The Wonder Wheel is revolving, the air is awash in overly sweet smells and tinny music is everywhere. Soon the curtain will once again rise on the iconic Sideshows by the Seashore. The last time I visited, it was a windless, midwinter day. Brooklyn’s Coney Island was eerily desolate, and the only sound was that of the Atlantic Ocean gently lapping the shoreline. Small, dilapidated buildings were boarded up or blanketed in corrugated steel gates, including the theater that houses the sideshow.
I was visiting Dick Zigun, the sideshow’s founder and artistic director. Dubbed “The Mayor of Coney Island,” he is also the force behind the not-for-profit resident arts organization Coney Island USA, which oversees the theater, the Coney Island Museum and the legendary Mermaid Parade. Held each June, the parade will soon celebrate its 31st year. But thanks to Hurricane Sandy, the theater has suffered close to $500,000 in losses.
“Structurally we’re okay, but we lost our contents: the auditorium, the backstage area and the dressing room,” he said matter-of-factly in a small cluttered office one flight above the devastated restaurant space adjacent to the theater. “We lost our storage and a lot of memorabilia, those decades-old funky objects that gave a feel to the place, a patina of the traditional style. But then, all of Coney Island was affected by Sandy.”
This was not a good winter for Zigun, whose own home, several blocks away, was flooded with 4.5 feet of water, resulting in the loss of his furniture and of many prized possessions.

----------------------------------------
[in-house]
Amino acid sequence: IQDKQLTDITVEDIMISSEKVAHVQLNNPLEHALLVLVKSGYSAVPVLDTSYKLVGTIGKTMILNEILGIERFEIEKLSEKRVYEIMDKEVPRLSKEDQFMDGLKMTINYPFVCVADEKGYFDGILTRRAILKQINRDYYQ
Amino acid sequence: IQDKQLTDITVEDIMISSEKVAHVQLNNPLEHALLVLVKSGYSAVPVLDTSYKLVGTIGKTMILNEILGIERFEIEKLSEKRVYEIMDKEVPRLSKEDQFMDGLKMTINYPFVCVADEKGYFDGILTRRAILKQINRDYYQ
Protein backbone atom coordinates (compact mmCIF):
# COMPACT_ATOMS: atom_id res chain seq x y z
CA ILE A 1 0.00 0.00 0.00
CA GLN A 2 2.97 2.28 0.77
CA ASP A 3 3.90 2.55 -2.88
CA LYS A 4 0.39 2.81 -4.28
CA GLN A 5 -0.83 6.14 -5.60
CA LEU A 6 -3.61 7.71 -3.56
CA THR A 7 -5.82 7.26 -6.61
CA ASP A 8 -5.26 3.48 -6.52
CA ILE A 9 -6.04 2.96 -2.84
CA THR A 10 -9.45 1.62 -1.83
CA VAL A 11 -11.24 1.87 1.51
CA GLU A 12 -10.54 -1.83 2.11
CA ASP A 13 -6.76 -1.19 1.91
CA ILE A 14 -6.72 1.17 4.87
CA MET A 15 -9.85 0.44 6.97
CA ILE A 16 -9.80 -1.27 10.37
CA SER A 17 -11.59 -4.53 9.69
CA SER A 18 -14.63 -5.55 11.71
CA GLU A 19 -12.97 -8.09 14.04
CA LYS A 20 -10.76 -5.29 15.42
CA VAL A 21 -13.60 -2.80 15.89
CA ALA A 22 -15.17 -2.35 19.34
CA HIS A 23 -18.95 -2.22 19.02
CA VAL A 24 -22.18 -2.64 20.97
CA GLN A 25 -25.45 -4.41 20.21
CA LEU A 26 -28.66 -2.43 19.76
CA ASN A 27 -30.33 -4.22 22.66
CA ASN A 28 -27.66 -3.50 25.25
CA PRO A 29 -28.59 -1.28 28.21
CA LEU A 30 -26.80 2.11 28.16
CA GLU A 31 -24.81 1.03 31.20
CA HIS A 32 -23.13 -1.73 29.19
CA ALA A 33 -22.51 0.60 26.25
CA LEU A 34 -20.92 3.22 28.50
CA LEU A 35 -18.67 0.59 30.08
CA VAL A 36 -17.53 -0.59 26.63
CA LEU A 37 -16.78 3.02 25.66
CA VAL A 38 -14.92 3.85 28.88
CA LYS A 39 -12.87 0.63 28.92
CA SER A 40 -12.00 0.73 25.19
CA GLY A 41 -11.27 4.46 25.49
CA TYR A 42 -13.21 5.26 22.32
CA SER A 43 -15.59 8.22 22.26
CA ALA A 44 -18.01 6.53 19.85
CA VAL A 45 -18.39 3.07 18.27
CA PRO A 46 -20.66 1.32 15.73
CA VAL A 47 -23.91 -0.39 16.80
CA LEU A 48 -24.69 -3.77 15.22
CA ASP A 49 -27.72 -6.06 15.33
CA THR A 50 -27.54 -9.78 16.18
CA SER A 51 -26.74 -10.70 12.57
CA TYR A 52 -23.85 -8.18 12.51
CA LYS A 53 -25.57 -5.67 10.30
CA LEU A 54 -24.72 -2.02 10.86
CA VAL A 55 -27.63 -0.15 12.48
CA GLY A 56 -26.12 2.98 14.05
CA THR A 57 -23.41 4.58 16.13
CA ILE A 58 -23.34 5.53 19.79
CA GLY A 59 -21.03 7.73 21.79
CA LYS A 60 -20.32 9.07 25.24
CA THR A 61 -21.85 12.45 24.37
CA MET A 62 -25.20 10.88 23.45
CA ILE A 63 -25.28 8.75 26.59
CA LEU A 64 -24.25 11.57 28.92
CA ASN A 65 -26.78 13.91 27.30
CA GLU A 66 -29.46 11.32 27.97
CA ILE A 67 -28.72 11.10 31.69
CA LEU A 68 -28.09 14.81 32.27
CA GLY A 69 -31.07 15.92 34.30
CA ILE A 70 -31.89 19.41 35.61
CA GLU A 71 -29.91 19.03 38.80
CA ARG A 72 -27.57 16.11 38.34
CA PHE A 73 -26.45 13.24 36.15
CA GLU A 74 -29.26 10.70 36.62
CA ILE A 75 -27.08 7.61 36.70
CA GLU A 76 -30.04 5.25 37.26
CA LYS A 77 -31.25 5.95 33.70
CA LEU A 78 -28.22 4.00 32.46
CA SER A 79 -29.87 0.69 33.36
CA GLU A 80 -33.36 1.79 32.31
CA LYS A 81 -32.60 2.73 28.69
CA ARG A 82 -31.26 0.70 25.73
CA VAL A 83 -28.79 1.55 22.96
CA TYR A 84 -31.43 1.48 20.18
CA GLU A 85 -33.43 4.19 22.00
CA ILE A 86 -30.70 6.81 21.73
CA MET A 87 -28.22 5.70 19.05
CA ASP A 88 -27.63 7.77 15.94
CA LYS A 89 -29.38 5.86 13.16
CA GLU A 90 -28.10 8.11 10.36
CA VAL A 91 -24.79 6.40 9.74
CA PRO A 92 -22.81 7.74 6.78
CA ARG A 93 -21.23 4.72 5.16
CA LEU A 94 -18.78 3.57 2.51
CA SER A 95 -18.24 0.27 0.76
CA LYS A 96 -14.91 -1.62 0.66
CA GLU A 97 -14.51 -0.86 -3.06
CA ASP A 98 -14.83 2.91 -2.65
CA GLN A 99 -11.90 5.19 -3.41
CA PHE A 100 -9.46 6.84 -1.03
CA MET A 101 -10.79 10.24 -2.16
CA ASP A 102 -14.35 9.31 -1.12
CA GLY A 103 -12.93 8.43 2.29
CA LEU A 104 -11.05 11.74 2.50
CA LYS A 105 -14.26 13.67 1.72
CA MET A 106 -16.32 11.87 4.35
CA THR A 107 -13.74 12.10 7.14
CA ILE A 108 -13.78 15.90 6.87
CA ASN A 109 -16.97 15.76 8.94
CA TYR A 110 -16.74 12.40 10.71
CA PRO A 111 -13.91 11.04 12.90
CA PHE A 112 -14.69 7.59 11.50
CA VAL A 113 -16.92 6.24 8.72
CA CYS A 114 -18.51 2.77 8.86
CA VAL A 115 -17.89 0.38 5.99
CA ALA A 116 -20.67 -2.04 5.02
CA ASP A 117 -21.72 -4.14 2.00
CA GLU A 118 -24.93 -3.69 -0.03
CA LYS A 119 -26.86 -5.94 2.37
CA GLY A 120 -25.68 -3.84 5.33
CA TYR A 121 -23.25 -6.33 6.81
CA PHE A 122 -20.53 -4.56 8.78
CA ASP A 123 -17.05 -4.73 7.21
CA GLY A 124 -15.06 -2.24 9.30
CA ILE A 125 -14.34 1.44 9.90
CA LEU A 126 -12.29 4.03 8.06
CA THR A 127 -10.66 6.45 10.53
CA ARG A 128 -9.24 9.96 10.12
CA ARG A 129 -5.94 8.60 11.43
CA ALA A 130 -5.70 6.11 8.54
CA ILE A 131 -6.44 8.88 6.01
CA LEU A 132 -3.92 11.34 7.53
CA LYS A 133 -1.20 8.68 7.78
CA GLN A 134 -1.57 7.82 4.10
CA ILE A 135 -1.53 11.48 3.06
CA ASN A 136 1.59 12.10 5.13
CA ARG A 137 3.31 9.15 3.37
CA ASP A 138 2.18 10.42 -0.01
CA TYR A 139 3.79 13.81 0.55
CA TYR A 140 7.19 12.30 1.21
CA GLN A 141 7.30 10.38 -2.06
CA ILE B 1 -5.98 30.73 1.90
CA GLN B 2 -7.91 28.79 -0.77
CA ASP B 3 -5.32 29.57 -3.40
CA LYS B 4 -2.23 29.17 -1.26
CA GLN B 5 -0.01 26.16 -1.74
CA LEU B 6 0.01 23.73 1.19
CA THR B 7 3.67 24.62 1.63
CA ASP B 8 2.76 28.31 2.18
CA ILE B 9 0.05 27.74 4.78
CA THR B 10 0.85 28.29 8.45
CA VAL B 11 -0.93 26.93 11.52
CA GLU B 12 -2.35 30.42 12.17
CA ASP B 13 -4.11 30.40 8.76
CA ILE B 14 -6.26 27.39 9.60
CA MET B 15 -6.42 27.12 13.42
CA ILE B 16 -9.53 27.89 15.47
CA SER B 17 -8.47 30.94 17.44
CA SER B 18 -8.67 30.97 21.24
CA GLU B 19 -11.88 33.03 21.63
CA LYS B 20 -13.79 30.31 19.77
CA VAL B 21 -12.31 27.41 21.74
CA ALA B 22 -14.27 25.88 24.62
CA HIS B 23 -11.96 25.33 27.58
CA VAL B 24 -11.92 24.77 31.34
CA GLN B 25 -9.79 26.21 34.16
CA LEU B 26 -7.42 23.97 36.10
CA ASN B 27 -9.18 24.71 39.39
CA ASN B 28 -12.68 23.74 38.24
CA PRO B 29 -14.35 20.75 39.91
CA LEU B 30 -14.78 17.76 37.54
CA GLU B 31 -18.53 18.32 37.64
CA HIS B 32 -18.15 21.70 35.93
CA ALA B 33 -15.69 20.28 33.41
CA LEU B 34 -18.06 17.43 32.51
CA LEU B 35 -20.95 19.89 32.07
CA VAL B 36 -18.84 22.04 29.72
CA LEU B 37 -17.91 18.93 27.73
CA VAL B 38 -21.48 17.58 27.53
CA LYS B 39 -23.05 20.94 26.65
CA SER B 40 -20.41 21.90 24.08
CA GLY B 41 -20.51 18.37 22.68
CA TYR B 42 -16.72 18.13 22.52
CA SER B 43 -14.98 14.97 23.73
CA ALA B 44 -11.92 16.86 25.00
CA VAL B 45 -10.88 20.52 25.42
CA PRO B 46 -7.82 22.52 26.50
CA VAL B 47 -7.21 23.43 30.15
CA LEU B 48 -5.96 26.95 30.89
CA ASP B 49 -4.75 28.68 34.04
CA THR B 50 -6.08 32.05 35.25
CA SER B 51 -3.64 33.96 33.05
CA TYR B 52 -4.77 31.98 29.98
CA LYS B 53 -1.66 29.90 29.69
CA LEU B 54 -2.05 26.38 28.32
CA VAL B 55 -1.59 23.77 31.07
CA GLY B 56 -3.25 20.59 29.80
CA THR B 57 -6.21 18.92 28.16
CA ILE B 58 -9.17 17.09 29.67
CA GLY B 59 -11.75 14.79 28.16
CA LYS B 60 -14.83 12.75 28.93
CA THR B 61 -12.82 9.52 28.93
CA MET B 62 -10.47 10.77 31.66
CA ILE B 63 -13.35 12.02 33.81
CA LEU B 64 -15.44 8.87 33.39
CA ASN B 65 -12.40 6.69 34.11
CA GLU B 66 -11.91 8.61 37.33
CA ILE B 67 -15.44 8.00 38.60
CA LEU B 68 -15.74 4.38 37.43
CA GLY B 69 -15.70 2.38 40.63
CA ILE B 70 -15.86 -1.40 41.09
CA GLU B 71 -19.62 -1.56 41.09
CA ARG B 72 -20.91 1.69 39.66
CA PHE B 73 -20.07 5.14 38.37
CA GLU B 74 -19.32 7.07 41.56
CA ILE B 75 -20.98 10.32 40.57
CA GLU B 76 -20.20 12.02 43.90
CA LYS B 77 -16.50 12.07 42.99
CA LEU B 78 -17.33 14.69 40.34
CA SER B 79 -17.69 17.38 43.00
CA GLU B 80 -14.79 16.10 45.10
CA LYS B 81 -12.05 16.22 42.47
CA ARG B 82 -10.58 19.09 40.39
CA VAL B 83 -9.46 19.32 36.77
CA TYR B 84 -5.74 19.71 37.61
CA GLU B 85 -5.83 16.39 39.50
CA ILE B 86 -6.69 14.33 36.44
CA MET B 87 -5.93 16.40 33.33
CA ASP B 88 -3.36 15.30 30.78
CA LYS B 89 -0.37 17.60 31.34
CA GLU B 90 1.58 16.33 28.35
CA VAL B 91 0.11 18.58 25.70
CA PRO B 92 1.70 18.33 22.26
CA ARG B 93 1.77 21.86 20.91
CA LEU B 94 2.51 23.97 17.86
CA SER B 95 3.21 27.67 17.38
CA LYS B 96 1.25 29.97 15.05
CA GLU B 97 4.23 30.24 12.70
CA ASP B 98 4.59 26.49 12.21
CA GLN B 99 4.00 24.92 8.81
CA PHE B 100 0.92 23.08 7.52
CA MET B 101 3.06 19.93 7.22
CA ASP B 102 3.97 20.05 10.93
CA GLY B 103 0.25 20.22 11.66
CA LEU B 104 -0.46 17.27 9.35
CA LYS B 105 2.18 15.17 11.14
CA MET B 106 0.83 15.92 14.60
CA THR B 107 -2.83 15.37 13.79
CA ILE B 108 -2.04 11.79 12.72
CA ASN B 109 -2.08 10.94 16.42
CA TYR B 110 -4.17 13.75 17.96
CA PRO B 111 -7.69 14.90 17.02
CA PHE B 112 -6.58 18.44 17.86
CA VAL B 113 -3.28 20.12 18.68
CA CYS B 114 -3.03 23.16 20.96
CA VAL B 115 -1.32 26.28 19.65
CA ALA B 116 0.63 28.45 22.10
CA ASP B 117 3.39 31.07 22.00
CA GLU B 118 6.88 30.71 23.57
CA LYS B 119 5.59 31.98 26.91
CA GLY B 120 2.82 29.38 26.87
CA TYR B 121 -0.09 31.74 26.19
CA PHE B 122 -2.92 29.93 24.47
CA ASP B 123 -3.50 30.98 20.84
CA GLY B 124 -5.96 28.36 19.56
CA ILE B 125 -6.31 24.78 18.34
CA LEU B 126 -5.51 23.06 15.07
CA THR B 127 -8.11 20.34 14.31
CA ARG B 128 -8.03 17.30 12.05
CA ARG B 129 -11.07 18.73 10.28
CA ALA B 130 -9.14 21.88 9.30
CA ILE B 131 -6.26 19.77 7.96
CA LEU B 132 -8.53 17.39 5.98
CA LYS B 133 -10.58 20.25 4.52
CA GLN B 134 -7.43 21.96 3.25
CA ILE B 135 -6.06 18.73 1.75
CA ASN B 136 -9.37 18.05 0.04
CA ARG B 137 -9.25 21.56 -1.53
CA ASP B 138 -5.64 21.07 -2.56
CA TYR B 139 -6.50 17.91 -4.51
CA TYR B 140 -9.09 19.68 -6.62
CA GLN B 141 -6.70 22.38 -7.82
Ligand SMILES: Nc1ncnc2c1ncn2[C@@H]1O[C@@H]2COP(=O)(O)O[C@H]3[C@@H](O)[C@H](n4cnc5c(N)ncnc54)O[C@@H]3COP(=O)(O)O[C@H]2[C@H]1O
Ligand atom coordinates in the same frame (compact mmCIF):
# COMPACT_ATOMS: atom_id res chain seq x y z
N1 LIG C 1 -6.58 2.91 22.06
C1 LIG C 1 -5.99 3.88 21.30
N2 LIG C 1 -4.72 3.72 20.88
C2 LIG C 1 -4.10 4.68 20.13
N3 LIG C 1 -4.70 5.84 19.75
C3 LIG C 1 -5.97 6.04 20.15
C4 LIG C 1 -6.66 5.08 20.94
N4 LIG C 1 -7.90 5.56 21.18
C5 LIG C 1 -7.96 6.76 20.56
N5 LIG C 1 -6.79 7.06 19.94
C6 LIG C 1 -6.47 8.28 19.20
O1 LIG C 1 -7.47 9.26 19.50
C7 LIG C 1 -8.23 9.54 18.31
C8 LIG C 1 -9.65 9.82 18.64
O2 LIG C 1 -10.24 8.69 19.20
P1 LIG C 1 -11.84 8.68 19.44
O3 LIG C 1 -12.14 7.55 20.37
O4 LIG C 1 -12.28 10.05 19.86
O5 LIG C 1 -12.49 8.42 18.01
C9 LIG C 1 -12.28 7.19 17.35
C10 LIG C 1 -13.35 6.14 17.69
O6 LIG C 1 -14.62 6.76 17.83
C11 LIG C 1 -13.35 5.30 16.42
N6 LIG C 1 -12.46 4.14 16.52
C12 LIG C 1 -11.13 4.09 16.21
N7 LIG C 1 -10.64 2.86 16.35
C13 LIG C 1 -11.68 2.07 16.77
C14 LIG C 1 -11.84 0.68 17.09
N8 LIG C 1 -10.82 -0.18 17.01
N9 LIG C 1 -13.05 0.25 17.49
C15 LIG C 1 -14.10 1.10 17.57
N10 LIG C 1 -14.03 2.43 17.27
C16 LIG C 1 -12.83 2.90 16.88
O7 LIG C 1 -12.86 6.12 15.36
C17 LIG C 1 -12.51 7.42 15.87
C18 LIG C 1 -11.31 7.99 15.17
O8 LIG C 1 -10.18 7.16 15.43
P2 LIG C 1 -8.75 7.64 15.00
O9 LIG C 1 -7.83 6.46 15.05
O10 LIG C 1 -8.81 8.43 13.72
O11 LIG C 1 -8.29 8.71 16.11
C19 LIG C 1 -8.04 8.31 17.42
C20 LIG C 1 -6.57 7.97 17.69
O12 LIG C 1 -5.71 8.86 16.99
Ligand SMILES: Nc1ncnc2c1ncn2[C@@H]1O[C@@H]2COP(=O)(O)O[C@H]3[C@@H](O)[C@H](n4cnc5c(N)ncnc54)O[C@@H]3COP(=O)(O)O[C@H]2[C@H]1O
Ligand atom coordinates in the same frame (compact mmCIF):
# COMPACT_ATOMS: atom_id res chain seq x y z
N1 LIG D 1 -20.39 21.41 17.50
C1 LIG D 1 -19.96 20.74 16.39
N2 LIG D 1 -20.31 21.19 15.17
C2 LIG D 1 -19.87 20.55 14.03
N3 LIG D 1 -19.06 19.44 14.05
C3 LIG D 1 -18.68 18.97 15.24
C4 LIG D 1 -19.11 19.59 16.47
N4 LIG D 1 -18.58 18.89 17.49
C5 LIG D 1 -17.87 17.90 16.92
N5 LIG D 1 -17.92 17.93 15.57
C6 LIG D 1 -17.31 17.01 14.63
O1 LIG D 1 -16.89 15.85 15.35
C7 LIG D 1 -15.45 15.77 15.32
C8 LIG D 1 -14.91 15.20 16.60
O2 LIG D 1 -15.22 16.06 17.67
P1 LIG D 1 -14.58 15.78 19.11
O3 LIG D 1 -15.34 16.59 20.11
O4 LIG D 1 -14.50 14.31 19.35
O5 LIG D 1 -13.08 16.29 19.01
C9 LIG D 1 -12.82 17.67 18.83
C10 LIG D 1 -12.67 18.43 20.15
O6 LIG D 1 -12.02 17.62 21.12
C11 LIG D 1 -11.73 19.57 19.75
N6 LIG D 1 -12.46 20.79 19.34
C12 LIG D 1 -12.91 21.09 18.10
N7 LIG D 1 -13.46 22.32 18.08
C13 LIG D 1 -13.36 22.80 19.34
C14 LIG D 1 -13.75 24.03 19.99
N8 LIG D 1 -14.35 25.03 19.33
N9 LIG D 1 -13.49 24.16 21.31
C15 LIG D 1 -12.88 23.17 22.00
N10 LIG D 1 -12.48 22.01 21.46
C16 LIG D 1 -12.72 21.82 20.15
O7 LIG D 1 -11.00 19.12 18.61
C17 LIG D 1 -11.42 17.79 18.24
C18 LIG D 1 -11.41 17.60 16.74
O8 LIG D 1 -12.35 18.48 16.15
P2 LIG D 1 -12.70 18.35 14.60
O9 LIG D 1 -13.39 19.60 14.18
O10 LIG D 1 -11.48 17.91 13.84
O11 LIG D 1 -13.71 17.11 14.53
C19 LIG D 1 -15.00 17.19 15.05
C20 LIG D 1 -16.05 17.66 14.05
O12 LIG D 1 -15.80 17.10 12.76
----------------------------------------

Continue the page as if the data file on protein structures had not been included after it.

He also suffered a horrific accident with traumatic injuries, including broken bones around the orbit of his eye, a broken nose and severe cuts on his eyelid and eyebrow, all of it requiring reconstructive surgery.
“I went behind the snack bar to get a bottle of seltzer,” he said, and then paused. “I’m talking for the Forward, so let’s talk seltzer. It was seltzer. I had gone to Popeyes and bought a nonkosher chicken sandwich. I was eating lunch and tripped and hit my face on the edge of the counter.”
The medical bills were overwhelming. Zigun went online asking for contributions to help defray his costs, and they’ve poured in. Supporters have also contributed funds and materials — amplifiers, sheetrock, screwdrivers — and volunteers have been helping to rebuild.
Zigun is an amalgam — a Bridgeport, Conn., native who was raised an Orthodox Jew and is now an agnostic. Yet he continues to be proud of his Levite roots. “You’re either born a Levite or you’re not,” he said. “You can’t aspire to it.”